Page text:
Trio House Press
publishing distinct voices in American poetry
since 2011
2020 Louise Bogan Winner and Finalists



The Louise Bogan 2020 Award Winner selected by Sandy Longhorn is Sweet Beast by Gabriella R. Tallmadge. 

 


Finalists in alphabetical order

 

Madrigals by Caroline Goodwin

 Before I Was a Girl by Kathleen Hellen

 

Semi-finalists in alphabetical order


A Thrashing of Phantom Wings by Judith Borenin

The Unlearning by Sigmund Byrd

Choking Down Good Sun by Curtis Crisler

Giving the Hours by Mel Elberger

Ishmael Mask by Charles Kell

Your Body Does the Work of Wings by Molly Kirschner

Dance in the Dirthouse by Patrick Lawler

The Curve of the Earth by Freya Rohn

Everything is Liquid by Sharon White


Thank you so much to everyone who entrusted THP with your manuscripts. 


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“In You Do Not Have to Be Good Madeleine Barnes has crafted a beautiful and luminous book of lyrics out of the grit and gristle of lived experience. This ‘scarred’ yet ‘flowering’ collection is lit from within by the poet's fierce resilience and faith in the redemptive potential of love. Barnes is a poet who attends to the breaking and broken body while never losing sight of the ‘body’s impossible blessings.’ ‘Change is your flint/use it to renew,’ she writes, ‘Say it:/you want to live.’ I am grateful for Barnes’s powerful voice singing clear light into the darkness we inhabit.  Hers is a searing, necessary debut.”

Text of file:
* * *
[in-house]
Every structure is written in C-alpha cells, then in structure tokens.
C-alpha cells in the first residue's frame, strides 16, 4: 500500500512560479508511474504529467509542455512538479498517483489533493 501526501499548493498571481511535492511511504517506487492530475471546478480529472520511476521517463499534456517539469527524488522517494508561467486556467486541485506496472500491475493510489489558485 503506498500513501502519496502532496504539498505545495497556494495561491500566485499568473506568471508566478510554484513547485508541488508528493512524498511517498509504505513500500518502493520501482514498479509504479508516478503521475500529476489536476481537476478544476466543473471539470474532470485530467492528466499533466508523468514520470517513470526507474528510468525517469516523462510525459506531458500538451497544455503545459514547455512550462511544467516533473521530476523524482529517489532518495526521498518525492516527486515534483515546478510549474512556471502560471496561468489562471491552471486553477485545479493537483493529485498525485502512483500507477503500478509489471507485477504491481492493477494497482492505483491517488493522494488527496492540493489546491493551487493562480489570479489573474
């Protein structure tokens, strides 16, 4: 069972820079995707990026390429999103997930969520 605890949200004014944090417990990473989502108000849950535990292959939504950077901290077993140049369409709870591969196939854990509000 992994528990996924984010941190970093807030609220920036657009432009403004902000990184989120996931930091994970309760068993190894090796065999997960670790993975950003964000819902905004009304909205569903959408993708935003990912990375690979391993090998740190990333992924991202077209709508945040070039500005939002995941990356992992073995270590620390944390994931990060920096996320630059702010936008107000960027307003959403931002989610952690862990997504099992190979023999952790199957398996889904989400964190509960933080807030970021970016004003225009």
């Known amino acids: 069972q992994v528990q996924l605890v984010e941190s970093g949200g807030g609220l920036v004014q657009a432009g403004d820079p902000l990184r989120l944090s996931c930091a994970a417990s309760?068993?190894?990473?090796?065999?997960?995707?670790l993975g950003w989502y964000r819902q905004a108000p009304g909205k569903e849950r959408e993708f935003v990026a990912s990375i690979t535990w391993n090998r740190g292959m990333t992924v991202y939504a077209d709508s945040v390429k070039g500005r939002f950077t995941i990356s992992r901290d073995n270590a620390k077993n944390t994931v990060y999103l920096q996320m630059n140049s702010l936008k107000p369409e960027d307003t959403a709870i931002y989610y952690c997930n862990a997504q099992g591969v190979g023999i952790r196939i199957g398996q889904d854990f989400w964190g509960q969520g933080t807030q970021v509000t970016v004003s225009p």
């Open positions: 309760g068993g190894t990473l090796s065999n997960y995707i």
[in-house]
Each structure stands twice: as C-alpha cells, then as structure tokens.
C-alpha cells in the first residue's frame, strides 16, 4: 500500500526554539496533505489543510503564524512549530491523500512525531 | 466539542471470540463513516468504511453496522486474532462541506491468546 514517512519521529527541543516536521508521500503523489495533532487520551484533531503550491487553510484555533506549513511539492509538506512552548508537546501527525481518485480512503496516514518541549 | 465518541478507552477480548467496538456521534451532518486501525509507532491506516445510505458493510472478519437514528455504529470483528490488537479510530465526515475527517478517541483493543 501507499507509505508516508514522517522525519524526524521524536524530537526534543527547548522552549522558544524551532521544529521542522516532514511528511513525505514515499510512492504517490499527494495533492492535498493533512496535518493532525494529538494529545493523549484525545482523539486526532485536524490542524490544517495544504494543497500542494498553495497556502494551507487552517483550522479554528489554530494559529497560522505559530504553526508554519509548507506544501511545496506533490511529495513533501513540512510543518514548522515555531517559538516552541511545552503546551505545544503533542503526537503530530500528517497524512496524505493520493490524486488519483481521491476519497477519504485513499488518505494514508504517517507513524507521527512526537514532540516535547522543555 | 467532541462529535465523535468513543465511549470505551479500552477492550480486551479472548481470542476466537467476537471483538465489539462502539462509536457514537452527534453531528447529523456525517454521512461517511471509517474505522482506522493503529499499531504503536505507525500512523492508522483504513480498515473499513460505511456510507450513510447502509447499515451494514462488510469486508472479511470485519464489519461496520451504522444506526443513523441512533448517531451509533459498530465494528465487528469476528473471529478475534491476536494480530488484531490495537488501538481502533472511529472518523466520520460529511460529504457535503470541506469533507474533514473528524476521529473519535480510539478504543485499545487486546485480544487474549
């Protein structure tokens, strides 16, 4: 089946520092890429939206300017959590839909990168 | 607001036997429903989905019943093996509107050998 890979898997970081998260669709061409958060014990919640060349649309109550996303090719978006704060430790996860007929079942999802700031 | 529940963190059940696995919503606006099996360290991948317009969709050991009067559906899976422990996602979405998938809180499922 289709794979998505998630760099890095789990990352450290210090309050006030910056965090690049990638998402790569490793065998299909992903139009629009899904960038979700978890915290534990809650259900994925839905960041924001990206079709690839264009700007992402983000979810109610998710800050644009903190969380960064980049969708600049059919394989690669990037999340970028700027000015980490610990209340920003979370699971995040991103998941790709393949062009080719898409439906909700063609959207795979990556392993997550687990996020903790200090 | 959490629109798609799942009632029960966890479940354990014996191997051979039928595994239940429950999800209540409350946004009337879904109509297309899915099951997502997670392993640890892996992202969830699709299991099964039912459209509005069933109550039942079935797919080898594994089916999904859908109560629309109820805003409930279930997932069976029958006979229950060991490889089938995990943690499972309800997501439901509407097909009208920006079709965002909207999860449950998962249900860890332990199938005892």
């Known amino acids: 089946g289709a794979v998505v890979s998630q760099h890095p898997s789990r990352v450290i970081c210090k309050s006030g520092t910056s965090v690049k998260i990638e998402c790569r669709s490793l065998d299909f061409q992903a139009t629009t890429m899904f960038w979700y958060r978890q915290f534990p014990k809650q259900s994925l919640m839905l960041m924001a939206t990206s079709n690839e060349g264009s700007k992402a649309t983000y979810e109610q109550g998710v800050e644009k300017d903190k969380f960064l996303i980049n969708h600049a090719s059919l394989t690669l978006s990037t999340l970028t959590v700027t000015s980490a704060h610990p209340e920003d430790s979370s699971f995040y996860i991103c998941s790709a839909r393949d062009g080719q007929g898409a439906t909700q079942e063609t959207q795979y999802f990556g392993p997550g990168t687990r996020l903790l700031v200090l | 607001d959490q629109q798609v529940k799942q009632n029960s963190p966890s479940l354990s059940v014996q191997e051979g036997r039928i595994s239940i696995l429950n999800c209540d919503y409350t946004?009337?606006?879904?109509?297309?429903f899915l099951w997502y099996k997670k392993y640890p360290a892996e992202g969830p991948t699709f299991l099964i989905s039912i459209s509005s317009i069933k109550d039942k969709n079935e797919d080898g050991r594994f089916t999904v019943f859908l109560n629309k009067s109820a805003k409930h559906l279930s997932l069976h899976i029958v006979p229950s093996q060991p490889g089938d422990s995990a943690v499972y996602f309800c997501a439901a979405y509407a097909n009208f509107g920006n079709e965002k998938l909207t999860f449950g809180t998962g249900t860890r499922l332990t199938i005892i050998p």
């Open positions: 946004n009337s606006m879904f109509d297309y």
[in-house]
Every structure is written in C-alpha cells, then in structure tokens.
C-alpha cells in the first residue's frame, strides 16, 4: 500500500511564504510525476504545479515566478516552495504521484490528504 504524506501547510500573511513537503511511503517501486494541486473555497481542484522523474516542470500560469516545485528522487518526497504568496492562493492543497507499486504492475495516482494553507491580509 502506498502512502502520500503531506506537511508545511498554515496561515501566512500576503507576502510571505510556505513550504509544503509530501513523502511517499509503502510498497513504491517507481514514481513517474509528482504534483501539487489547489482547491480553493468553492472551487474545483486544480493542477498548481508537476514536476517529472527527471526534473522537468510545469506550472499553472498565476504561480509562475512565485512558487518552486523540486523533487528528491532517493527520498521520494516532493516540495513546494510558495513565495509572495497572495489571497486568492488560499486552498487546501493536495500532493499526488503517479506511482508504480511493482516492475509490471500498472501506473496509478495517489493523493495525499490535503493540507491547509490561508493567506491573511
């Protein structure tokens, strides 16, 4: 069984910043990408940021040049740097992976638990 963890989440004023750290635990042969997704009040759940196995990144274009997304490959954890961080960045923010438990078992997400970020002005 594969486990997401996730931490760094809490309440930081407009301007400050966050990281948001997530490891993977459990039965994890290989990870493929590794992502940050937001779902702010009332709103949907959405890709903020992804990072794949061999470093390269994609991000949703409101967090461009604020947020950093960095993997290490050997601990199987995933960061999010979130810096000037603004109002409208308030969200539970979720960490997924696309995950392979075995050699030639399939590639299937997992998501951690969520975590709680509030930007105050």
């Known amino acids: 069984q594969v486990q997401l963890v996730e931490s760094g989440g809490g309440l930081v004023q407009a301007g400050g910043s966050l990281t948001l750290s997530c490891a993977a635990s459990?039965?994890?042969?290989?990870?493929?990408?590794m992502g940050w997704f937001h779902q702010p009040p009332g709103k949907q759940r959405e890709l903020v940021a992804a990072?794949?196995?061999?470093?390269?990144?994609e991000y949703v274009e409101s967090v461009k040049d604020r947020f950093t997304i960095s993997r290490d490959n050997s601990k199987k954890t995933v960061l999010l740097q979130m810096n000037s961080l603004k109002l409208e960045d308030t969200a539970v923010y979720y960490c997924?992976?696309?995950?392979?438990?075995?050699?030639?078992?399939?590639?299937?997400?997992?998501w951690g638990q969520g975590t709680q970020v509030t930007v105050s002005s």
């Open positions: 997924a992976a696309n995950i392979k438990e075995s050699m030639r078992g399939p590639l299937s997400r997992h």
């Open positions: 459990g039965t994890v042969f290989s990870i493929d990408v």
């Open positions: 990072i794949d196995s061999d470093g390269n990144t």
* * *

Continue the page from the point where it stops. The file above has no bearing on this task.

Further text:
—Deborah Landau


“Madeleine Barnes generously reaches toward painful places that many poets are afraid to touch. Organizing her her book around a sequence of absolving principles, she enacts a forgiveness journey, without false consolation; instead, she speaks in praise of tenacious embroidery, steadfast retrieval, destinationless self-assemblage, and a pleasing neutrality, as if she were looking at disaster, or at daily life, through a scrim that gave some of the sad information but kept the viewer safely unseen. The book, an artfully composed act of ambiguous witness, addresses a ‘you’—a compassionate reader who will feel, as I do, grateful to Barnes for her high level of craft, wisdom, and emotional resourcefulness.”


—Wayne Koestenbaum, author of Camp Marmalade


“A wonderfully idiosyncratic logic animates Madeleine Barnes's debut collection, You Do Not Have To Be Good: half spirit, half inner speech. The poems take shape in the space between the dystopia of a real world and the utopia of a world the speaker longs for and valiantly wills into being: ‘I wish the sirens were remnants of churchbells, cymbals, second-hand static,’ she says. Caritas and death confront each other in ‘the sting of how easily we are forgotten.’ Through the poem ‘Vulnerary,’ I learned that a ‘vulnerary’ is something used to heal a wound, a definition that also applies to this powerful new voice.”


—Catherine Barnett